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Job polarization and jobless recoveries in Japan: Evidence from 1984 to 2010

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  • Yosuke Furukawa

    ()
    (Graduate School of Economics, Kyoto University)

  • Hiroki Toyoda

    ()
    (Graduate School of Economics, Kyoto University)

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    Abstract

    This study presents evidence for the existence of job polarization in Japan, identifies its effects across four age cohorts, and shows its relationship to Japan's business cycles during 1984-2010. The findings indicate that middle-skilled occupations decreased most sharply among the youngest workers. Our examination of the relationship between occupational categories and the business cycles demonstrates that job polarization is cyclical rather than gradual. Particularly, only employment in middle-skilled occupations did not recover after recessions. This finding underlies Japan's jobless recovery.

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    File URL: http://www.kier.kyoto-u.ac.jp/DP/DP874.pdf
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    Bibliographic Info

    Paper provided by Kyoto University, Institute of Economic Research in its series KIER Working Papers with number 874.

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    Length: 11pages
    Date of creation: Jun 2013
    Date of revision:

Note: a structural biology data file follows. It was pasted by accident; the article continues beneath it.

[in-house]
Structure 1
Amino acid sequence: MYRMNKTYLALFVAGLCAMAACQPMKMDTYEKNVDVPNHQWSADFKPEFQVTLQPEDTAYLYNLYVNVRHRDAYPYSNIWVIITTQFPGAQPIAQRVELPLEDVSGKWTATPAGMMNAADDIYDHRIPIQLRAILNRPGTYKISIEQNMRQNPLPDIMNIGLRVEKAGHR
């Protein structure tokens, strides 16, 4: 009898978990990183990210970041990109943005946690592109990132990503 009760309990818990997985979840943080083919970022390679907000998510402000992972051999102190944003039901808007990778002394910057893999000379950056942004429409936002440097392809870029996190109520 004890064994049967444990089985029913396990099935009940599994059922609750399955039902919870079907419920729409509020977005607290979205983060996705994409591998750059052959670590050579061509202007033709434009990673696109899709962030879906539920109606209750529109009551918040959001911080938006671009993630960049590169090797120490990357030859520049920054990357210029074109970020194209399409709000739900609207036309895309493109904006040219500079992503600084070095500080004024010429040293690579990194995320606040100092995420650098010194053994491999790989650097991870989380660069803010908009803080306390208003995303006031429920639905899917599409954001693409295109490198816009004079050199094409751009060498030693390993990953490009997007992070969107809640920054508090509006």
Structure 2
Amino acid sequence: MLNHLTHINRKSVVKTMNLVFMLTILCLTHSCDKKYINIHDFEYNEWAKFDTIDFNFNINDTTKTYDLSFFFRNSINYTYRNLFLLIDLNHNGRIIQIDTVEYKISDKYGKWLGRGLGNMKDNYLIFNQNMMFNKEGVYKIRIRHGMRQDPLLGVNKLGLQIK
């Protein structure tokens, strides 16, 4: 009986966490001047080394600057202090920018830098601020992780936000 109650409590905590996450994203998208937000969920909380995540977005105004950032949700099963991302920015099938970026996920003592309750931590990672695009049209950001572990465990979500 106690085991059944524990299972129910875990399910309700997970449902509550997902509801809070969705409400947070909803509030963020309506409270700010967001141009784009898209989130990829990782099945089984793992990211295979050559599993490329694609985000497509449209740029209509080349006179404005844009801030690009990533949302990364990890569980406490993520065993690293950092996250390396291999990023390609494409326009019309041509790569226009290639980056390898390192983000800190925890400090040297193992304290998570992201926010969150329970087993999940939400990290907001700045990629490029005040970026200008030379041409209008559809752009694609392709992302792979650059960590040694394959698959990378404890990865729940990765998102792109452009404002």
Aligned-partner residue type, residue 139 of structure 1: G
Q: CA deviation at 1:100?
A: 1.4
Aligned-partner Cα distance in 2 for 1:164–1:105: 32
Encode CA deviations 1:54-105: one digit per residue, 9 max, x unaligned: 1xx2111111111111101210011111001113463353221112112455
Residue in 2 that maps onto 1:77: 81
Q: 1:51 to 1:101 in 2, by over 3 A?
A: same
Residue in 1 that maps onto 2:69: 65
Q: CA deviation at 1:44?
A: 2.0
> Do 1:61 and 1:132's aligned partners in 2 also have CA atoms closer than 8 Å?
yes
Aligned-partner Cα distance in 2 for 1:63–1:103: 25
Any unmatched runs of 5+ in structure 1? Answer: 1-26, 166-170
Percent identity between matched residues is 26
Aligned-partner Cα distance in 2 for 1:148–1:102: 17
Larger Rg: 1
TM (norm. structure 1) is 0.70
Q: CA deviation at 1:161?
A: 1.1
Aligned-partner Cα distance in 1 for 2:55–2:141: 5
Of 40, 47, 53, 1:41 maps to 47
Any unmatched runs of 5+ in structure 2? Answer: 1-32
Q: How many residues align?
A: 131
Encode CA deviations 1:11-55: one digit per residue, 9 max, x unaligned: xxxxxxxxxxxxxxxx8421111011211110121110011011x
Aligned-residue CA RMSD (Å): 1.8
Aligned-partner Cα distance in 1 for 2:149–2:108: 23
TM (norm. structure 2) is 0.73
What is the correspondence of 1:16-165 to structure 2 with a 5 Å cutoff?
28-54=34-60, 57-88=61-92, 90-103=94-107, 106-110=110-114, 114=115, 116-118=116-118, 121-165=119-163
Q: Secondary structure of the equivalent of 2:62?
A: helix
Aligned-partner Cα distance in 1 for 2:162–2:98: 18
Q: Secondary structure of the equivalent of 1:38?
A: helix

Handle: RePEc:kyo:wpaper:874

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    Keywords: Jobless recoveries; job polarization; business cycles;

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    1. David Autor & Frank Levy & Richard Murnane, 2003. "The skill content of recent technological change: an empirical exploration," Proceedings, Federal Reserve Bank of San Francisco, issue Nov.
    2. Fumio Hayashi & Edward C. Prescott, 2002. "Data Appendix to The 1990s in Japan: A Lost Decade," Technical Appendices hayashi02, Review of Economic Dynamics.
    3. Maarten Goos & Alan Manning, 2003. "Lousy and lovely jobs: the rising polarization of work in Britain," LSE Research Online Documents on Economics 20002, London School of Economics and Political Science, LSE Library.
    4. Maarten Goos & Alan Manning, 2003. "Lousy and Lovely Jobs: the Rising Polarization of Work in Britain," CEP Discussion Papers dp0604, Centre for Economic Performance, LSE.
    5. Fumio Hayashi & Edward C. Prescott, 2000. "The 1990s in Japan: a lost decade," Working Papers 607, Federal Reserve Bank of Minneapolis.
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